Pizza is also something that I can no longer have. Not only is it the gluten, but I am also lactose intolerant now. None of this ever gave me any issues until last year.


Pizza also has tomatoes, tomatoes do deactivate histaminase which breaks down histamine in the body. They also increase histamine release from the body. Histamine is necessary in our bodies, but too much can cause some bad problems too. Pepperoni contains histamines too, and some of the better tasting cheeses are also high it histamine and various tyramines which utilize the same enzyme to detox. So pizzas can give you extra energy, they also can disrupt sleep if eaten late at night...beneficial if you want extra energy to go to the bar till closing time though. Everything has it's place. Surprisingly, some cheeses have antihistamine properties like parmesian cheese. Histamines and stuff like putramine and cadavarine are considered tyramine chemistry. Too much is not good, but some is necessary. If you have a DAO deficiency it raises risk of problems, but things like avacados are strong deactivators of DAO so histaminase doesn't work and histamine jumps up, you seem to have more energy, but there can be some serious side effects because too much histamine can cause the immune system to improperly respond to pathogens.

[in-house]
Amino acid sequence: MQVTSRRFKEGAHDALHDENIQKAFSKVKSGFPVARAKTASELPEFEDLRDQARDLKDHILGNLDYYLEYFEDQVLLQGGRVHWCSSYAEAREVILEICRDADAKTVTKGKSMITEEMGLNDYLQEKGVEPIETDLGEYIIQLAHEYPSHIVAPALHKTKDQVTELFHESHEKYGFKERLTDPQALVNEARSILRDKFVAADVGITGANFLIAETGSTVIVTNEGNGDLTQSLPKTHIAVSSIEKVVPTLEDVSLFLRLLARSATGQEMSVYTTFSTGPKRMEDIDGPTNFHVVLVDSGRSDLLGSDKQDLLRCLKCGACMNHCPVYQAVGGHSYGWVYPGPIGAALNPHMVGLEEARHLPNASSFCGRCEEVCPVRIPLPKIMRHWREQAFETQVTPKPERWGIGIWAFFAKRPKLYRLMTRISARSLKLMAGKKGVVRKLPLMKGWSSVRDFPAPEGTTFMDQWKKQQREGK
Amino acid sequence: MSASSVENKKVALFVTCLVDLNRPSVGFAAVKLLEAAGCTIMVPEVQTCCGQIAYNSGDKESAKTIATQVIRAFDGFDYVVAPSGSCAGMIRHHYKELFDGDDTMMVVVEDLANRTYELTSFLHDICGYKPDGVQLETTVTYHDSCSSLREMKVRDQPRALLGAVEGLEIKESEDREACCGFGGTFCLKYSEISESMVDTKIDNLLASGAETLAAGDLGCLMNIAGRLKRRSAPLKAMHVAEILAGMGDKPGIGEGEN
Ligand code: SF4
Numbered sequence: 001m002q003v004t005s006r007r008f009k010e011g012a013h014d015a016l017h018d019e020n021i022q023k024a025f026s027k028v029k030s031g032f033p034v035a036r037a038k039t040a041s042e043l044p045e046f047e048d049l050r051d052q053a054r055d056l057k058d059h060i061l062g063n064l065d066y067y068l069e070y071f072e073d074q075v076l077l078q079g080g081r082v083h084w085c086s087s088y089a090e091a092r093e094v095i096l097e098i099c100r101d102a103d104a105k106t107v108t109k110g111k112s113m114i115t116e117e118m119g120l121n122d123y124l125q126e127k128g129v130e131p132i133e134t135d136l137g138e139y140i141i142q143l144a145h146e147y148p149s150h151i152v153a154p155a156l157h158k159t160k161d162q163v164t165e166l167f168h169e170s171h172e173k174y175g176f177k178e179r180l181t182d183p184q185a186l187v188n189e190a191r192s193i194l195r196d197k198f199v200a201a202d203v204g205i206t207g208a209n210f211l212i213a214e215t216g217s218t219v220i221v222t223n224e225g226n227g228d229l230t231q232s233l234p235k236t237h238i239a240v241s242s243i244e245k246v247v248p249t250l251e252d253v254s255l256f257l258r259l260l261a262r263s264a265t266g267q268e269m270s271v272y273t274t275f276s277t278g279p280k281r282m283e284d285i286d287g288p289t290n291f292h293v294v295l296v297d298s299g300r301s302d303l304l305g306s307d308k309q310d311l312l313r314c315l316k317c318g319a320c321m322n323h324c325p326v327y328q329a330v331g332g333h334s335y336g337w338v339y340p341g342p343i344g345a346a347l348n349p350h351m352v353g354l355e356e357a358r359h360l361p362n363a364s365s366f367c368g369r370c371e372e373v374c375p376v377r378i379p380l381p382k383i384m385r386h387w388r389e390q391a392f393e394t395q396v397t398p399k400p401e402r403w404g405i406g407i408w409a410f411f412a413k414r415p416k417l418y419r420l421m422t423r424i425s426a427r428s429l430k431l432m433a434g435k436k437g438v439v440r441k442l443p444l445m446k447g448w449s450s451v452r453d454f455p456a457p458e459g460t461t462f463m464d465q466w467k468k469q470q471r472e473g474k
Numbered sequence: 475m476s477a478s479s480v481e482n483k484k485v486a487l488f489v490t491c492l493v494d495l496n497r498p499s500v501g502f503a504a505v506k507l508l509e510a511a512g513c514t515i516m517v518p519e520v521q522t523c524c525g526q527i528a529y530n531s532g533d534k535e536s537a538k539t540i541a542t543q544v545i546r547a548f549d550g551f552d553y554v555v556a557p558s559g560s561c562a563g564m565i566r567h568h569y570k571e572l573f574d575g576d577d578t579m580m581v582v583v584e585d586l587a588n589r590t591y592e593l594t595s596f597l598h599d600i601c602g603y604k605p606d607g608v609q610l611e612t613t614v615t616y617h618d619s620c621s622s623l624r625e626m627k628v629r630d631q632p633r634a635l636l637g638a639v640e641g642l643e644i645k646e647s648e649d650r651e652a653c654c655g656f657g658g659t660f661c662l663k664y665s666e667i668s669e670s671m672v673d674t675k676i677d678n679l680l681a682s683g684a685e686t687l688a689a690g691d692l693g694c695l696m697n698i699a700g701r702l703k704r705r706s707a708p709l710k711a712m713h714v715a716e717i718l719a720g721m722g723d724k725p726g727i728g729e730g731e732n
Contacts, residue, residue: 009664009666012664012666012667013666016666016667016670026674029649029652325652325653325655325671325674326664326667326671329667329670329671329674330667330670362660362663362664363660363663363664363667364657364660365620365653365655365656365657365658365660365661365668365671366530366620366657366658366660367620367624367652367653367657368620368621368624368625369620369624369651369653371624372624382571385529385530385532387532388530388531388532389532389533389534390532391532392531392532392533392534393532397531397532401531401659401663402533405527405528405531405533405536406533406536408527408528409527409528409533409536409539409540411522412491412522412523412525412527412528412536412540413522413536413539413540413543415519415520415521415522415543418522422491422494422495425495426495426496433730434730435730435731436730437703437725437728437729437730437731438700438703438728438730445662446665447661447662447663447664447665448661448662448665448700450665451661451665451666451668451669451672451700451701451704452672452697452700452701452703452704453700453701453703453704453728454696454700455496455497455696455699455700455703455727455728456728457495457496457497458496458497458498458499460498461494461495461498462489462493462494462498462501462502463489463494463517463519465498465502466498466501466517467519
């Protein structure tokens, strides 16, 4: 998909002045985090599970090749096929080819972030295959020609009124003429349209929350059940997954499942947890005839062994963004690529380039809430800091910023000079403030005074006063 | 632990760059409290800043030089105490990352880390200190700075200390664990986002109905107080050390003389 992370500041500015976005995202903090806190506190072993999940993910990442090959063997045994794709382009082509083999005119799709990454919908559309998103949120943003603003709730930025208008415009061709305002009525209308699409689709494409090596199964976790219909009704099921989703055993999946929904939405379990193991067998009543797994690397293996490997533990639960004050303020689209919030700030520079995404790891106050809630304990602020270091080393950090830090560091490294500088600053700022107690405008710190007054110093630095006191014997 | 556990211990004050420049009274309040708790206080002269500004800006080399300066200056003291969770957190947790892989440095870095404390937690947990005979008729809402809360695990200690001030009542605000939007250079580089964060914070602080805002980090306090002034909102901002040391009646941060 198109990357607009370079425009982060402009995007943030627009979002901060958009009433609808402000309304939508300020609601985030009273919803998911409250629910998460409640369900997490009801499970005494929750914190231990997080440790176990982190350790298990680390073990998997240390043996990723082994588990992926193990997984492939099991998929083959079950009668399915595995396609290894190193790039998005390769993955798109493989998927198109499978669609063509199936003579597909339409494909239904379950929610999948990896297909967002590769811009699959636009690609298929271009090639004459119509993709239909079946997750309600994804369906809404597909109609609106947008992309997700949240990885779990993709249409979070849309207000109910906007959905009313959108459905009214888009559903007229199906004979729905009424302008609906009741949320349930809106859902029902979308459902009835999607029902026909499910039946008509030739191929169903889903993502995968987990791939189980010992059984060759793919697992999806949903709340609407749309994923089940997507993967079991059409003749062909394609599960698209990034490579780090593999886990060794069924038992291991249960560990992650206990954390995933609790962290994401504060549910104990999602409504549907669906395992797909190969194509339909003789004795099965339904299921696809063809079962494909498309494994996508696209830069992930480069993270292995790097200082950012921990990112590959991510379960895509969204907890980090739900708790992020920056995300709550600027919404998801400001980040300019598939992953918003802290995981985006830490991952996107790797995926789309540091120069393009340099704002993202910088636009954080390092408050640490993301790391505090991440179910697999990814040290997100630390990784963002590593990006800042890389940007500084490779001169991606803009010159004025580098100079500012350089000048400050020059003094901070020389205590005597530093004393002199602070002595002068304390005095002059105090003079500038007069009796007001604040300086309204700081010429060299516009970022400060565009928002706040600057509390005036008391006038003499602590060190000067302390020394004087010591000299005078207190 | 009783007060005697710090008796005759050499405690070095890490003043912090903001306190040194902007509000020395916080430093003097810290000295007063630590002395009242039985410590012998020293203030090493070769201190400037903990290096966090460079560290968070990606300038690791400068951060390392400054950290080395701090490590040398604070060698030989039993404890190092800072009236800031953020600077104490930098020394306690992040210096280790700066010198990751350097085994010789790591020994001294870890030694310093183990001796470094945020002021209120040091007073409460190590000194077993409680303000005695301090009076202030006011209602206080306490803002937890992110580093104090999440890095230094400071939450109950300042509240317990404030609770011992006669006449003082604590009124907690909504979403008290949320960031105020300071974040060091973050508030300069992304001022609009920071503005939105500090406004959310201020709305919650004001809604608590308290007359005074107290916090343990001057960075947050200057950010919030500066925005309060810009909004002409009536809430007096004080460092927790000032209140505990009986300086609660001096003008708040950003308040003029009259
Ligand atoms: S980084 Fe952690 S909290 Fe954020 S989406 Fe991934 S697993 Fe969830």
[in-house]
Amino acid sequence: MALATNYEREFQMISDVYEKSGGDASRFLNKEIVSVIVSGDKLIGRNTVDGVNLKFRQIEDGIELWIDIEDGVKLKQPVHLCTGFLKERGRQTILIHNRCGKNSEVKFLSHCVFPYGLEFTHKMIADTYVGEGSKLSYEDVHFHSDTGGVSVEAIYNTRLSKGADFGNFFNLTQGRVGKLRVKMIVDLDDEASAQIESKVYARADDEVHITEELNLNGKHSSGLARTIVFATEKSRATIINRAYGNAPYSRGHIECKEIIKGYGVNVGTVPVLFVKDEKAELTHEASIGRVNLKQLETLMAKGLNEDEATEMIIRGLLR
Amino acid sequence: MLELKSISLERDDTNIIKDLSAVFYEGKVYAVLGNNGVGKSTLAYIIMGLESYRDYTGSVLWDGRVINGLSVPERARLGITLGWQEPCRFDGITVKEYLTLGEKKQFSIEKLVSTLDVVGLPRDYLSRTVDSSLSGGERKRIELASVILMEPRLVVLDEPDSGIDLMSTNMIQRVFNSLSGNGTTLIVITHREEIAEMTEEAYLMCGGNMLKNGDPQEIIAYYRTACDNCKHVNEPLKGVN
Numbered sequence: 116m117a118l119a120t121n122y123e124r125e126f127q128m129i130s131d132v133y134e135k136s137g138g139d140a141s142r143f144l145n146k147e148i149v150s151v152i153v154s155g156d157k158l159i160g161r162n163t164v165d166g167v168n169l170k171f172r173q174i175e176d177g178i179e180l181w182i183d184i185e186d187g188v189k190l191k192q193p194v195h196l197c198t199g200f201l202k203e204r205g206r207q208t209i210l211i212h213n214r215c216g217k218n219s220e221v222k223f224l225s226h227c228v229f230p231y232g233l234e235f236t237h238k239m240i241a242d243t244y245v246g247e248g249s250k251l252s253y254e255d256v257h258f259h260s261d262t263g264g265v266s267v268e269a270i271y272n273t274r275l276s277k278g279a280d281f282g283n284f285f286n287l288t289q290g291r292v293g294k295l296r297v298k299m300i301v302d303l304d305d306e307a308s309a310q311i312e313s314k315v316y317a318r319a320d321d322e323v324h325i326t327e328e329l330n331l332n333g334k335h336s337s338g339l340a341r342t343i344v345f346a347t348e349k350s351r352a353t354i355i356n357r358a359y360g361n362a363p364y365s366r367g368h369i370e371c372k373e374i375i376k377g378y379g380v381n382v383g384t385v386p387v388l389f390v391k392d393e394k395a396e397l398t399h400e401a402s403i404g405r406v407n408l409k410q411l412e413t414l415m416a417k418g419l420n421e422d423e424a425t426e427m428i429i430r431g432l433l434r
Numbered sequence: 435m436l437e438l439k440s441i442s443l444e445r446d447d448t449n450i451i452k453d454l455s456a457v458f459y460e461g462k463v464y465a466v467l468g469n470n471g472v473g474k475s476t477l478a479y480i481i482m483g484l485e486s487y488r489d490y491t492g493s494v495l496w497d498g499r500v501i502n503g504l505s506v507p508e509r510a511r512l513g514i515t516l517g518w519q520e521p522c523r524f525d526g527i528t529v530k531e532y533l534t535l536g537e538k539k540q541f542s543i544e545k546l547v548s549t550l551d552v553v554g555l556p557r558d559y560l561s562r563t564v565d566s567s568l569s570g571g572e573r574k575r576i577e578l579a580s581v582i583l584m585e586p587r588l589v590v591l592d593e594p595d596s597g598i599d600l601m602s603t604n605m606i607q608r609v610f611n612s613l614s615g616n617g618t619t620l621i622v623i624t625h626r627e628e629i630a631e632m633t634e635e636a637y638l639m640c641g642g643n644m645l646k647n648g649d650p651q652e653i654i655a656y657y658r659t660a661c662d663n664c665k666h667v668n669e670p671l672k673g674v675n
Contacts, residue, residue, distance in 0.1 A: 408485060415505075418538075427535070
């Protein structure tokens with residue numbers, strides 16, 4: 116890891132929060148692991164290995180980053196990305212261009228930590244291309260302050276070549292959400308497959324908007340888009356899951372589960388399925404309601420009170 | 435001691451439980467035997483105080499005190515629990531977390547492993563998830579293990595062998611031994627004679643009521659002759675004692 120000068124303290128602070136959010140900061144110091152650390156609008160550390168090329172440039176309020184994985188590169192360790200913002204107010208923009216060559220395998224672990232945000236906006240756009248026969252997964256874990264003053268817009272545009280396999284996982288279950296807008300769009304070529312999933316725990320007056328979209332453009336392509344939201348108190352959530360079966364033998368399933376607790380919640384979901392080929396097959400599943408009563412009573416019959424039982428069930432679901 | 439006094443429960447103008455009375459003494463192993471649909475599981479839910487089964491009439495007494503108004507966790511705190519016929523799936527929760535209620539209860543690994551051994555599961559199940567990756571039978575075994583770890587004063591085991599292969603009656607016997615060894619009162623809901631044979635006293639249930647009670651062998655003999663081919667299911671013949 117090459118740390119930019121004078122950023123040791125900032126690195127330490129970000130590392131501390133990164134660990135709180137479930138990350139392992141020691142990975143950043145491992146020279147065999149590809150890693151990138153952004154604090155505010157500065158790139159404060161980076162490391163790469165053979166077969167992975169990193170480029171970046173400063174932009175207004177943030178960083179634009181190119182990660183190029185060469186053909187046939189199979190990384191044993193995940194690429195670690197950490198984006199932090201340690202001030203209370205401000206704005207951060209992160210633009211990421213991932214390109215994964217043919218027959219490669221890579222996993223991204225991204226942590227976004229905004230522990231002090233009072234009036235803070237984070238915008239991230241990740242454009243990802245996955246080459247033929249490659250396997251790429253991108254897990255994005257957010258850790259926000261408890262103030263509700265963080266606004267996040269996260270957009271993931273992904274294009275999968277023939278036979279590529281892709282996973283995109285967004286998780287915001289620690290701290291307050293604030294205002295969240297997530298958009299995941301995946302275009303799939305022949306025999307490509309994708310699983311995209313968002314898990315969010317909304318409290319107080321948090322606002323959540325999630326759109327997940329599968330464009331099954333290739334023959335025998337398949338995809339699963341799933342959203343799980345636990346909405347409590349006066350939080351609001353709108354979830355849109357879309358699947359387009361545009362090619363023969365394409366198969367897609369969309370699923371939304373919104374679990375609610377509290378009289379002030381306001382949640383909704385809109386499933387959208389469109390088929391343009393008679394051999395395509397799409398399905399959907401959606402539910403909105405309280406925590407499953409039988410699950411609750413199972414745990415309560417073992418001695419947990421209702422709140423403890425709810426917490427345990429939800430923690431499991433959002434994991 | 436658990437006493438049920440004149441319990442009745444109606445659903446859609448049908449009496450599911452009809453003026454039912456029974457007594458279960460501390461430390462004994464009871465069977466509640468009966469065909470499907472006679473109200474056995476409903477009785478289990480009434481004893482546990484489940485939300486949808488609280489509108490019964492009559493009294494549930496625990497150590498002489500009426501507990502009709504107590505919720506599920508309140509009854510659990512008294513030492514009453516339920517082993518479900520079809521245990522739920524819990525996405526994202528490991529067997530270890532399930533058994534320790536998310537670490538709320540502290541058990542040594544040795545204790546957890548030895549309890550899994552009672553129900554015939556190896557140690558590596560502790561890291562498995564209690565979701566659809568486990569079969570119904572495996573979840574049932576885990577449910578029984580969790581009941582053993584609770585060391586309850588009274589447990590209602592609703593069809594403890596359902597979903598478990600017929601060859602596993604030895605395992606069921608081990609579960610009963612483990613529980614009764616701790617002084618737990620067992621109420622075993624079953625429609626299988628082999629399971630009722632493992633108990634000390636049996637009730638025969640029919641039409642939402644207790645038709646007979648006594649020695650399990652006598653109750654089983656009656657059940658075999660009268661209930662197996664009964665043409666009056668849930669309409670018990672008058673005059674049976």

posted on Dec, 23 2021 @ 03:52 PM
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a reply to: rickymouse

Its sick to see what they do on crops, i see it every year, a tractor comes up, sprays the harvest, everything is yellow and ripe in a week or two.


But as for IBS, try to stay away from super processed anything, you can make absolutely mouthwatering meals from paleo stuff, listen to your body, figure out what suits you best. Good luck.



posted on Dec, 23 2021 @ 04:22 PM
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Food sensitivities and allergies can change at any time, especially in older patients. Its not as unusual as you might think.

The conspiracy side of me has wondered, for some time now, if there isn't something nefarious in this. My thinking was along these lines. Maybe there is something in the vaccine that on its own isn't much of a threat to most people. And maybe there is something in processed/gmo food that on its own isn't much of a threat to most people. Combined, however, they both become hyperactive and cause all kinds of problems.